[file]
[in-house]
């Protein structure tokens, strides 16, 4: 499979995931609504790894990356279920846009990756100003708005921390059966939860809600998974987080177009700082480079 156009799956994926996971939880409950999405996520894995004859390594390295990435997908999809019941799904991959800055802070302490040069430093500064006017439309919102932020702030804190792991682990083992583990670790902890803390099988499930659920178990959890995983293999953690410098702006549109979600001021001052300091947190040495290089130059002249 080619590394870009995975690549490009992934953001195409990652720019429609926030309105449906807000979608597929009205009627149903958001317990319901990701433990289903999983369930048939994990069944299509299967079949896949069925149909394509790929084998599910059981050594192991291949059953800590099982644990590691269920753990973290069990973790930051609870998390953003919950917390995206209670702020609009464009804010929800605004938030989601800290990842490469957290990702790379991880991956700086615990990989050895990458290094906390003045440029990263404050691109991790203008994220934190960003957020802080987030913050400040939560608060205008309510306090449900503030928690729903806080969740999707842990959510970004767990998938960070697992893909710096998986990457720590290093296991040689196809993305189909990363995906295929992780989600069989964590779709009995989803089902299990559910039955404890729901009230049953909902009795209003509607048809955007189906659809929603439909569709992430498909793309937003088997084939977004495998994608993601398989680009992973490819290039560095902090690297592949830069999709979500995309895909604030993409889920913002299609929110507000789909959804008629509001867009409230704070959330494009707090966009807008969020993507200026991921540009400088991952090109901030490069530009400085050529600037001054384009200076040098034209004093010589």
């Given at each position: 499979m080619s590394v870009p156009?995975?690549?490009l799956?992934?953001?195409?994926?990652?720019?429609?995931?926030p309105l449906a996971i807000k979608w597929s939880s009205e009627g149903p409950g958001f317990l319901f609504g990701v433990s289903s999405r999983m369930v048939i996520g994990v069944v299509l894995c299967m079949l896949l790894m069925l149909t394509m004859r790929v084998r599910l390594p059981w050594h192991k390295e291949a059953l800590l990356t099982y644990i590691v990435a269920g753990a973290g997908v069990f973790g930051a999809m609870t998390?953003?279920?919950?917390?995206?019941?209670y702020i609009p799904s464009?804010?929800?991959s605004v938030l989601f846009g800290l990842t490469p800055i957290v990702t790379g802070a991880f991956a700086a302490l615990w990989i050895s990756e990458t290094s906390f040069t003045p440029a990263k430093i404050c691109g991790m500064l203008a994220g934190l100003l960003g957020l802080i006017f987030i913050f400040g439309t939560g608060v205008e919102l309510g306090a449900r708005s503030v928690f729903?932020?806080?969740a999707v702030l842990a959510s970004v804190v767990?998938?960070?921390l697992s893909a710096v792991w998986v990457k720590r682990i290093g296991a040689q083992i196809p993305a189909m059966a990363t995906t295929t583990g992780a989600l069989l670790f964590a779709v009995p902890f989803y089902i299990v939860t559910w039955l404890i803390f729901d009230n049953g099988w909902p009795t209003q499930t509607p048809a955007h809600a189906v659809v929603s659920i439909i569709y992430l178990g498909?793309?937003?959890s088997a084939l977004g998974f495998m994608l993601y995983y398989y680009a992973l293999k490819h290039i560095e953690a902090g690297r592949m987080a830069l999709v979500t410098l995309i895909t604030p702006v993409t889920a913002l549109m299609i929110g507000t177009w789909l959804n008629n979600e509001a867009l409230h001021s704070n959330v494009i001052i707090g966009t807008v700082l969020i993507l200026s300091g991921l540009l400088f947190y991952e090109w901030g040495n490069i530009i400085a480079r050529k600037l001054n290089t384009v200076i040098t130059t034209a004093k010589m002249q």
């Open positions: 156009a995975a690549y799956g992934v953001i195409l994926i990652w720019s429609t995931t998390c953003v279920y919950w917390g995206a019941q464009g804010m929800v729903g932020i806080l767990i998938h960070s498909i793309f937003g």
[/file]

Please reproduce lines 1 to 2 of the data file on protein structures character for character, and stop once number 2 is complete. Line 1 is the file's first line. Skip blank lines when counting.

[in-house]
């Protein structure tokens, strides 16, 4: 499979995931609504790894990356279920846009990756100003708005921390059966939860809600998974987080177009700082480079 156009799956994926996971939880409950999405996520894995004859390594390295990435997908999809019941799904991959800055802070302490040069430093500064006017439309919102932020702030804190792991682990083992583990670790902890803390099988499930659920178990959890995983293999953690410098702006549109979600001021001052300091947190040495290089130059002249 080619590394870009995975690549490009992934953001195409990652720019429609926030309105449906807000979608597929009205009627149903958001317990319901990701433990289903999983369930048939994990069944299509299967079949896949069925149909394509790929084998599910059981050594192991291949059953800590099982644990590691269920753990973290069990973790930051609870998390953003919950917390995206209670702020609009464009804010929800605004938030989601800290990842490469957290990702790379991880991956700086615990990989050895990458290094906390003045440029990263404050691109991790203008994220934190960003957020802080987030913050400040939560608060205008309510306090449900503030928690729903806080969740999707842990959510970004767990998938960070697992893909710096998986990457720590290093296991040689196809993305189909990363995906295929992780989600069989964590779709009995989803089902299990559910039955404890729901009230049953909902009795209003509607048809955007189906659809929603439909569709992430498909793309937003088997084939977004495998994608993601398989680009992973490819290039560095902090690297592949830069999709979500995309895909604030993409889920913002299609929110507000789909959804008629509001867009409230704070959330494009707090966009807008969020993507200026991921540009400088991952090109901030490069530009400085050529600037001054384009200076040098034209004093010589």